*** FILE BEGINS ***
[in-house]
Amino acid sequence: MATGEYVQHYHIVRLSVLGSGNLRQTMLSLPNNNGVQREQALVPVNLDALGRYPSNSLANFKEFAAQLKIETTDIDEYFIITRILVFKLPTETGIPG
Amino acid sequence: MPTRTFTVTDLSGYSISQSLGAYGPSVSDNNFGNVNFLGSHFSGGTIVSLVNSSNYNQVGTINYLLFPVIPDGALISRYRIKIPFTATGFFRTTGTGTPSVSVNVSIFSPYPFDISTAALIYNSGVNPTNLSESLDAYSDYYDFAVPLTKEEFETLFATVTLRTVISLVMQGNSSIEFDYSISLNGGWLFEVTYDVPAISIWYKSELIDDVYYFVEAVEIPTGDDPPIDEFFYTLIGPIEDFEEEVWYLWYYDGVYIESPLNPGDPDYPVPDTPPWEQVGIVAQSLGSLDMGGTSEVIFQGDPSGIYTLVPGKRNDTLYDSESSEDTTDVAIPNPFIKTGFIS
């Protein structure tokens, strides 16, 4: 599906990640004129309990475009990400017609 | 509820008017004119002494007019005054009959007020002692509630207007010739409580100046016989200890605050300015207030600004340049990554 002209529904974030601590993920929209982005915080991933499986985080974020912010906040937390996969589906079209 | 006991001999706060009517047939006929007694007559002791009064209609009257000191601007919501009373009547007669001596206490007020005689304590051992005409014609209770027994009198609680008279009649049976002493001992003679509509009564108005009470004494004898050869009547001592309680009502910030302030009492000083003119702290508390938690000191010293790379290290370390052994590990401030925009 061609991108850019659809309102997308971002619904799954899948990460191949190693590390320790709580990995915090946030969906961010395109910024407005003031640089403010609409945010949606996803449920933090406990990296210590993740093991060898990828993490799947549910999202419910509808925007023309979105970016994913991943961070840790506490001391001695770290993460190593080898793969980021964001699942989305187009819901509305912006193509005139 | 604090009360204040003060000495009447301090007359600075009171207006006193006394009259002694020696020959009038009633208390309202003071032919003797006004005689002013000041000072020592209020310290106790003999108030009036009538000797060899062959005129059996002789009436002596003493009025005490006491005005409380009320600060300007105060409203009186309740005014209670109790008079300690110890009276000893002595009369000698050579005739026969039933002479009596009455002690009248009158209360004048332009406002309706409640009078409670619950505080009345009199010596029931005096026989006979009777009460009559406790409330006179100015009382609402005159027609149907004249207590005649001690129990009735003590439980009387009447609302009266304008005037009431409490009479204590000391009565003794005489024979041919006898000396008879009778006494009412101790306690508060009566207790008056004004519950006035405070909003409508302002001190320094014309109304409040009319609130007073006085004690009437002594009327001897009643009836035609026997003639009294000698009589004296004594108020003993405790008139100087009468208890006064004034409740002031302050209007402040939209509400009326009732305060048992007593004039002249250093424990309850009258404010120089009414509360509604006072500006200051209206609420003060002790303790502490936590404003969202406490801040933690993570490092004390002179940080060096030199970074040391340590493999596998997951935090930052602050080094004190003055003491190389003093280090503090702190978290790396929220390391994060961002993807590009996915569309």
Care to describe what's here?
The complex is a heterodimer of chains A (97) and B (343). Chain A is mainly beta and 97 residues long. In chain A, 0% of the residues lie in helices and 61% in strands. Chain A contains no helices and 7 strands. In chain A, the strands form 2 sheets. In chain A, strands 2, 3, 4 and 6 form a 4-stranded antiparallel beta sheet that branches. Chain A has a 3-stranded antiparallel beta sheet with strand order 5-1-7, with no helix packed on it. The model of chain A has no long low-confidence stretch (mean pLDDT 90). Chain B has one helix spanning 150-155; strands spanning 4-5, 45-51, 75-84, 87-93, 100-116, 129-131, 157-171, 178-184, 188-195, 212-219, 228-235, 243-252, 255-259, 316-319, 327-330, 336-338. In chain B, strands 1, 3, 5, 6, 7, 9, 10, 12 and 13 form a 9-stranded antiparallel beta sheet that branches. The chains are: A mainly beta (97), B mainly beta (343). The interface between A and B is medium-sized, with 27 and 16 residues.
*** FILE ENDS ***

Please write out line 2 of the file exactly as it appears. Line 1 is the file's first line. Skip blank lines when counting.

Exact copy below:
Amino acid sequence: MATGEYVQHYHIVRLSVLGSGNLRQTMLSLPNNNGVQREQALVPVNLDALGRYPSNSLANFKEFAAQLKIETTDIDEYFIITRILVFKLPTETGIPG